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Article
August 1989

Anticardiolipin Antibodies in Acquired Immunodeficiency Syndrome

Author Affiliations

From the Divisions of Immunology and Rheumatology (Drs Stimmler and Quismorio), Hematology (Dr McGehee), and Pulmonary Medicine (Drs Boylen and Sharma), Department of Medicine, University of Southern California School of Medicine, Los Angeles.

Arch Intern Med. 1989;149(8):1833-1835. doi:10.1001/archinte.1989.00390080091020
Abstract

• We undertook a prospective study of IgG and IgM anticardiolipin antibodies (ACAs) to determine their clinical significance in patients with acquired immunodeficiency syndrome (AIDS). IgG ACAs were found in 24 (92.3%) of 26 patients with AIDS who were hospitalized for pulmonary complaints (group 1) and in 13 (93%) of 14 patients with AIDS-related complex (group 2). In addition, 17 (94%) of 18 patients with AIDS (group 3) who had coagulation tests and were studied retrospectively had IgG ACAs. The prevalence of IgG ACAs in these three groups was significantly higher than in healthy controls, but was comparable to that in 31 consecutive patients with systemic lupus erythematosus (67.7%). The mean titer of IgG ACAs in group 1 was higher than in groups 2 and 3 but was not different from that in the patients with systemic lupus erythematosus. The frequency and titer of IgM ACAs in group 1 (7.6%) or group 2 (14.3%) were not significantly different from those in normal controls (4.7%). In contrast, half of the patients in group 3 had low-titer IgM ACAs. The serum titer of IgG ACAs in patients with AIDS with thrombocytopenia was significantly higher than it was in those with normal platelet counts. There was no association between ACAs and Pneumocystis carinii pneumonia or other infections, cancer, thrombosis, positive VDRL test, or presence of the lupus anticoagulant. The prevalence and titer of IgG or IgM ACAs were not associated with abnormal results of any coagulation test. Although we found IgG ACAs to be associated with thrombocytopenia in AIDS, their presence does not carry exactly the same clinical significance as it does in systemic lupus erythematosus. The high prevalence of ACAs in AIDS, in AIDS-related complex, and in otherwise healthy contacts with antibodies to human immunodeficiency virus suggests that their occurrence may be related to the underlying human immunodeficiency virus infection.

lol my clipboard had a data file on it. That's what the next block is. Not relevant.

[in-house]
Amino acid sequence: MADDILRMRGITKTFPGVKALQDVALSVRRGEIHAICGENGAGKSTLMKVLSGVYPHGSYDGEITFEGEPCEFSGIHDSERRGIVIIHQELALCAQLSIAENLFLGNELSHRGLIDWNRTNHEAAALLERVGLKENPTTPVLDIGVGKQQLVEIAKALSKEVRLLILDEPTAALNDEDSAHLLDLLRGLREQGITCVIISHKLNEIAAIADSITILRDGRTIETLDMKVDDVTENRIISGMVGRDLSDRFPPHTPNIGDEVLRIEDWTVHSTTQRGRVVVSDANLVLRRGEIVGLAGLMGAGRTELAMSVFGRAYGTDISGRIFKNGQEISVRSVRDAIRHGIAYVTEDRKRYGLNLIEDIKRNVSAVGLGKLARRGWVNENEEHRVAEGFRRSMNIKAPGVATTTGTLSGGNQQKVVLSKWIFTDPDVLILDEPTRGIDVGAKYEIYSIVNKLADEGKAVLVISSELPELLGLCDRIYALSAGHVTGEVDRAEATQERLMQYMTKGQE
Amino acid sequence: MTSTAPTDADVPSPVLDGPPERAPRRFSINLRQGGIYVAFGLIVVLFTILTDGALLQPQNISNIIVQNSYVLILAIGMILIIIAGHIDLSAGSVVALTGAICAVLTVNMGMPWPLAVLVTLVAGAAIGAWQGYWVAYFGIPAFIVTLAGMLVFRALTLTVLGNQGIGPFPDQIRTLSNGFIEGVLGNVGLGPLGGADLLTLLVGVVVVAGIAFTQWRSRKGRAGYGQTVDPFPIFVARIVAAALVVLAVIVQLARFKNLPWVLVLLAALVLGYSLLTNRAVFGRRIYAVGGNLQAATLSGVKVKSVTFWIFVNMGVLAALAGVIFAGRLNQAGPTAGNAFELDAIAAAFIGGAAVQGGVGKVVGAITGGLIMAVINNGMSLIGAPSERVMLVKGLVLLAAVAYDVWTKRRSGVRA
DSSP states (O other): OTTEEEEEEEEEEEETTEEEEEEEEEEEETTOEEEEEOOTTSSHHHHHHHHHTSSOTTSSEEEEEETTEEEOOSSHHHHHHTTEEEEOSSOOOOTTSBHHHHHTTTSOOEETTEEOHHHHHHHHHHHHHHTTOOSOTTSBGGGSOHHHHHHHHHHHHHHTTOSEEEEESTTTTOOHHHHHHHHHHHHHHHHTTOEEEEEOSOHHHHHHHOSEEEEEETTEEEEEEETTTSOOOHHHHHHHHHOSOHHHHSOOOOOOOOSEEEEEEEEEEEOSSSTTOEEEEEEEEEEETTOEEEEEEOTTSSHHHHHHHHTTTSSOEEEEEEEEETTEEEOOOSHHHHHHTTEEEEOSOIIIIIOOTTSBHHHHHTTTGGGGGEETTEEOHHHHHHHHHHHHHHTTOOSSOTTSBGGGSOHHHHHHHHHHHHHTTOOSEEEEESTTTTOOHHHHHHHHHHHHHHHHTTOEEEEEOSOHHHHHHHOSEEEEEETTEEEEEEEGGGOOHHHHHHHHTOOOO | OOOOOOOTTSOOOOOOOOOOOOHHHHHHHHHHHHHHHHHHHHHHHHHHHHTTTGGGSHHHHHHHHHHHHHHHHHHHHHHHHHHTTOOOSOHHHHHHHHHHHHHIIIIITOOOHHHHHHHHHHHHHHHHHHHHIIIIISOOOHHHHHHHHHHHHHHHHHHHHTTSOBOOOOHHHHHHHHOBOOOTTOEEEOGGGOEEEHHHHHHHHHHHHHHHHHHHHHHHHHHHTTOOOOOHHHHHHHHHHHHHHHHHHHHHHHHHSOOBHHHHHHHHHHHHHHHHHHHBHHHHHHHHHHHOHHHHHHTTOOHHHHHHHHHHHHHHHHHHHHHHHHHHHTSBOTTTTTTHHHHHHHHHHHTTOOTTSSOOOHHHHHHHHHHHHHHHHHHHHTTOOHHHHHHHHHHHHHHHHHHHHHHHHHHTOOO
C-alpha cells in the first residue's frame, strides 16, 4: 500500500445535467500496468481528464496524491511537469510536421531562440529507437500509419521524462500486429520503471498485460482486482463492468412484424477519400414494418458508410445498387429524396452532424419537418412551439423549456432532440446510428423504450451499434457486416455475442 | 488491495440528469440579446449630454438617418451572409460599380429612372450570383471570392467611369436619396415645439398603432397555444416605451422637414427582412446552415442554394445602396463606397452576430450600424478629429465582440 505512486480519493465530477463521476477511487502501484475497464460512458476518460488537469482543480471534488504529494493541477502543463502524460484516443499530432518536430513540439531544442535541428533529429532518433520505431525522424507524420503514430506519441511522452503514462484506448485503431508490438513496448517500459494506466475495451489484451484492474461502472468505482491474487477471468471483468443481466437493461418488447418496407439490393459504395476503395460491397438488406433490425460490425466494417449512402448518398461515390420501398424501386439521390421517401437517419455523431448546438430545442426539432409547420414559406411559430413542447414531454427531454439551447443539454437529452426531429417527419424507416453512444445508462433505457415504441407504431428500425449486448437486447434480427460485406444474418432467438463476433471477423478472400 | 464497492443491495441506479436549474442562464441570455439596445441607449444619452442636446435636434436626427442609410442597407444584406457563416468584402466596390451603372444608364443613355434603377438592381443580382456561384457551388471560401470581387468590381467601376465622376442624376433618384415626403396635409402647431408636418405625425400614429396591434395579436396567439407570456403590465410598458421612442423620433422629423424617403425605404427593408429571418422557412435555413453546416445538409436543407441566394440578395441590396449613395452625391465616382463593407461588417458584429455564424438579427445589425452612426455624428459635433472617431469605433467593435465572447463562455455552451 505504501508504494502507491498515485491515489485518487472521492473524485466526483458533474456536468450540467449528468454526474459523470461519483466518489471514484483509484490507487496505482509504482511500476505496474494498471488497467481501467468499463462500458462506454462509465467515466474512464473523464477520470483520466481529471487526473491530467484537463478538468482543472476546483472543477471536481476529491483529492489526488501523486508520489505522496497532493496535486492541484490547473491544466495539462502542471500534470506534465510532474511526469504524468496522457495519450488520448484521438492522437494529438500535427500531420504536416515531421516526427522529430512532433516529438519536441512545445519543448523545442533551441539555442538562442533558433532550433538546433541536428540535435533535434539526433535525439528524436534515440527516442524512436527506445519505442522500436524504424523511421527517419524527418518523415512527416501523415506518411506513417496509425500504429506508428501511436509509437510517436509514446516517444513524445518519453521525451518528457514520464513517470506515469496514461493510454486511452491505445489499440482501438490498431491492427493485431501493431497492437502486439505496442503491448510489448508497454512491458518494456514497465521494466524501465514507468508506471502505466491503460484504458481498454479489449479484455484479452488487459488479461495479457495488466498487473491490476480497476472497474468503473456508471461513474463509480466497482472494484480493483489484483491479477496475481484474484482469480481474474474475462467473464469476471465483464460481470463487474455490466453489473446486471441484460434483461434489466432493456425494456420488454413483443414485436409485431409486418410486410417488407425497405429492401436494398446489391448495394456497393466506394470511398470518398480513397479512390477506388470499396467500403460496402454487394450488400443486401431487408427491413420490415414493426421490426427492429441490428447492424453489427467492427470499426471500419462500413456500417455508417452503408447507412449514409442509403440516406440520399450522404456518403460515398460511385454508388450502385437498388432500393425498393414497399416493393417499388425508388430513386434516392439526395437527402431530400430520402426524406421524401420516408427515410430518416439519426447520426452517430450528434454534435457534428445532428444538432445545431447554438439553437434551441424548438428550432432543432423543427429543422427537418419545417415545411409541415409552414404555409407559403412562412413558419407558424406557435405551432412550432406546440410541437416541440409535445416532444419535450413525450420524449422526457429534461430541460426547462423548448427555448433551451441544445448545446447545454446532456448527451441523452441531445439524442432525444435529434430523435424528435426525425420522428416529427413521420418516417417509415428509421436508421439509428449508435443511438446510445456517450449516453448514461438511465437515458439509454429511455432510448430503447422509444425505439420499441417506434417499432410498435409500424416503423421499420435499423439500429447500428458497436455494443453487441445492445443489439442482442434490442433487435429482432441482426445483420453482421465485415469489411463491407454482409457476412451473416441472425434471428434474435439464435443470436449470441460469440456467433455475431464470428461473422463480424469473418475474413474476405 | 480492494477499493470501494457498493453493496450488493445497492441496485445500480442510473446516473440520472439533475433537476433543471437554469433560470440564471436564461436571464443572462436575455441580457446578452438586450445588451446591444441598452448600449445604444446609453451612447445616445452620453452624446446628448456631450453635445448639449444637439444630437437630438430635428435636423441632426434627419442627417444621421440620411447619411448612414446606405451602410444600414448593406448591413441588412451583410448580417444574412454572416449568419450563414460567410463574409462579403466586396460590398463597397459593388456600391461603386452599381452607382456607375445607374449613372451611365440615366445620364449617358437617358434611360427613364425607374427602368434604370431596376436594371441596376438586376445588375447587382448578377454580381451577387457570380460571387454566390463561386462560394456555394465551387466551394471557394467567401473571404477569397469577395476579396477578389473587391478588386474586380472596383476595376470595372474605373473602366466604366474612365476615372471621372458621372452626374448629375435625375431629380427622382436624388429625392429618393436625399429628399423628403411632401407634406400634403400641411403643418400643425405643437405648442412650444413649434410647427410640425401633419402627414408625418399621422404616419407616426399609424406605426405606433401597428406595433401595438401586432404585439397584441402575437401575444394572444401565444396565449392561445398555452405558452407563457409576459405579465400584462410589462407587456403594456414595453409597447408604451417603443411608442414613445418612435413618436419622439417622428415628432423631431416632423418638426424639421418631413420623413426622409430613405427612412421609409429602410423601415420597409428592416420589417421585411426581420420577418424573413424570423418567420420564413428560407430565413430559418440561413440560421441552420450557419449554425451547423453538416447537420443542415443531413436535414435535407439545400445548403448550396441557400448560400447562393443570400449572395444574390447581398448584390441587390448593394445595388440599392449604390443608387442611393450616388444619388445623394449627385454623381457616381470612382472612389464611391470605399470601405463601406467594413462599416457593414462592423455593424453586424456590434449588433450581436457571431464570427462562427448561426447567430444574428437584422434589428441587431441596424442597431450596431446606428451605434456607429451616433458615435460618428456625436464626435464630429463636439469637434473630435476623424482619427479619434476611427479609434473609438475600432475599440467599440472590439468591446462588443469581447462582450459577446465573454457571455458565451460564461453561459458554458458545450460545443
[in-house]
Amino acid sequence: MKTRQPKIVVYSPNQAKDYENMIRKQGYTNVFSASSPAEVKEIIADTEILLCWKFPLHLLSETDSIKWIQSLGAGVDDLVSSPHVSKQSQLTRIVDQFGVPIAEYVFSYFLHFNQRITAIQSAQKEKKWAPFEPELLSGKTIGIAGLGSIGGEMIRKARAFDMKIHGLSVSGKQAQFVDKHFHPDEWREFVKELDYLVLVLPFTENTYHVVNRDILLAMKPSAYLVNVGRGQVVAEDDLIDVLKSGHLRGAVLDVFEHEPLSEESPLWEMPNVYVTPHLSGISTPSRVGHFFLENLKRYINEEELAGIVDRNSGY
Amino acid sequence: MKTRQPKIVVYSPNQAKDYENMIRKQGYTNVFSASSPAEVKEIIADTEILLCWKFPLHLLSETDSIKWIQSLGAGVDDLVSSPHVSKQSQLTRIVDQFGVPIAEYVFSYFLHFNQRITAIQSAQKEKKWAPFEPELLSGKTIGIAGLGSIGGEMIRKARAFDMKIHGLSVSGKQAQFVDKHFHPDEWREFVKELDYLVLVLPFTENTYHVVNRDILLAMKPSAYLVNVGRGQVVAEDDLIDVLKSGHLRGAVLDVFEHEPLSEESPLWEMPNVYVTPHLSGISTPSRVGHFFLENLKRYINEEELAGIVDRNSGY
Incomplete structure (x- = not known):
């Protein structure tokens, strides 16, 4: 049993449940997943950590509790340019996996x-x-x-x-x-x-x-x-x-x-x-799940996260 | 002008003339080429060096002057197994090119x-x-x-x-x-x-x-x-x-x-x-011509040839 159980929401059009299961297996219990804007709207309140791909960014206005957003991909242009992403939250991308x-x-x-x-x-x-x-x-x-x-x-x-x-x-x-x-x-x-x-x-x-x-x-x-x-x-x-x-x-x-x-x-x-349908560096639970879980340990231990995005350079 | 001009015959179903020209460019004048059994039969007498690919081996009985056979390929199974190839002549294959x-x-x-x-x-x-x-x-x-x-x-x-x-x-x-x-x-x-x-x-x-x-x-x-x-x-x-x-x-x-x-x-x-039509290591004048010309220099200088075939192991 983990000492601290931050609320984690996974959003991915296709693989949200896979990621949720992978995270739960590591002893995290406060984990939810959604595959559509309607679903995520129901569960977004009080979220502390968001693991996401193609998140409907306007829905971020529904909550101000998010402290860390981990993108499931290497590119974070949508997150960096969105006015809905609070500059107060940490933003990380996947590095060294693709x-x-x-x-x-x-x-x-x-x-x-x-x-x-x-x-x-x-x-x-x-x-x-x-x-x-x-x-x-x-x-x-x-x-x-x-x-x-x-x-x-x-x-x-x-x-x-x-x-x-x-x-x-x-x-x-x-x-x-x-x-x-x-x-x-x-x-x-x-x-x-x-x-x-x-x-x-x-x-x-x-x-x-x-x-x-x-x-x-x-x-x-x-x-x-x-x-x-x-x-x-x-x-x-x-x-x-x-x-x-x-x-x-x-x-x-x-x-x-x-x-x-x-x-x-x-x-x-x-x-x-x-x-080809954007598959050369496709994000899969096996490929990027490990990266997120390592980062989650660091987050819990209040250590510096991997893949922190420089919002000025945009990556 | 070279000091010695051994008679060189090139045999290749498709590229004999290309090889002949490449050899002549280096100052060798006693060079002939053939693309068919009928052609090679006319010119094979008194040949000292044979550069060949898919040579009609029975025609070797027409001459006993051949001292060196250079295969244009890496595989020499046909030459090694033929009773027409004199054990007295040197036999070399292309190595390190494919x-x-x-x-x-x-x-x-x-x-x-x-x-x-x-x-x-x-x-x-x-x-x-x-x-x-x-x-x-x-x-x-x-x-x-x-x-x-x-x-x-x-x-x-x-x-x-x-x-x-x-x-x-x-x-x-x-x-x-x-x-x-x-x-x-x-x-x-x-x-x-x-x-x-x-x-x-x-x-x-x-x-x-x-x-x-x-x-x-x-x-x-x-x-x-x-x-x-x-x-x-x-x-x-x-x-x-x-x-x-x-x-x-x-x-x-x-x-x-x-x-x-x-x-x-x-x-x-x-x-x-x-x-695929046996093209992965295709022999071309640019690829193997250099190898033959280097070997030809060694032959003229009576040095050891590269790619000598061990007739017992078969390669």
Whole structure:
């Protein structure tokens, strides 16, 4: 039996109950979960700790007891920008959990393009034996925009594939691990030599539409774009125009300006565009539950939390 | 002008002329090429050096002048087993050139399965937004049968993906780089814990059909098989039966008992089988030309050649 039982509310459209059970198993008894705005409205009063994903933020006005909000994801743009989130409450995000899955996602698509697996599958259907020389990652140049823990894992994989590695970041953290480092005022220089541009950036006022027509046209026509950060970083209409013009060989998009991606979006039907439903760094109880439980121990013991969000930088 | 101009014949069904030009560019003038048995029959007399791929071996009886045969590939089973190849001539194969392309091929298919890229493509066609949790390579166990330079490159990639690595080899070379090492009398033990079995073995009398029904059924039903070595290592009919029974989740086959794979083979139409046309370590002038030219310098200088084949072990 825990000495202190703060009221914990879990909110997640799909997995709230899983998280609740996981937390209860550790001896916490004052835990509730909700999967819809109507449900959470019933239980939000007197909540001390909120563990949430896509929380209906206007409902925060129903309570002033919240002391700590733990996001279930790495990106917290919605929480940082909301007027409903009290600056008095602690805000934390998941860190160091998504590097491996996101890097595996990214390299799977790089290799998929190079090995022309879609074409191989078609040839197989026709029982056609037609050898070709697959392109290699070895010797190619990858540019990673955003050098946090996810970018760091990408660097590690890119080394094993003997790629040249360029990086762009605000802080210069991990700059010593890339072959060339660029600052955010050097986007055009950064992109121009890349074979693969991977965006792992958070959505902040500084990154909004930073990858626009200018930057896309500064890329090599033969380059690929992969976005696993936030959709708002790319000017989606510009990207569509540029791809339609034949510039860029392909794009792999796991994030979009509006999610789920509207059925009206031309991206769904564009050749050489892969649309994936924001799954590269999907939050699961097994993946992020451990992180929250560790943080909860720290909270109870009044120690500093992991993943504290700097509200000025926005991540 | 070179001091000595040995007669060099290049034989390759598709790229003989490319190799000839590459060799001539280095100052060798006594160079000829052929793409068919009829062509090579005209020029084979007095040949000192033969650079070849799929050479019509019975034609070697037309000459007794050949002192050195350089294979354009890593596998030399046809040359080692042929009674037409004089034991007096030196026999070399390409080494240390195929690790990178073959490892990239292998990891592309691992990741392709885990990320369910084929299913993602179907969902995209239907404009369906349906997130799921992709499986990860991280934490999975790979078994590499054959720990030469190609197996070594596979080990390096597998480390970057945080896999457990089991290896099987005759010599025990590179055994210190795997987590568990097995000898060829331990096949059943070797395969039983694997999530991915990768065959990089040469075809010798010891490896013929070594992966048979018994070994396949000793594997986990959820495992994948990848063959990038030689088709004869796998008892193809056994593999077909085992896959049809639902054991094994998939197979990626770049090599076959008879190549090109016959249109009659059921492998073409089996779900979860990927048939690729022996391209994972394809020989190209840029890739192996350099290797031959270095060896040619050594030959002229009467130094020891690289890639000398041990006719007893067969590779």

(Arch Intern Med. 1989;149:1833-1835)

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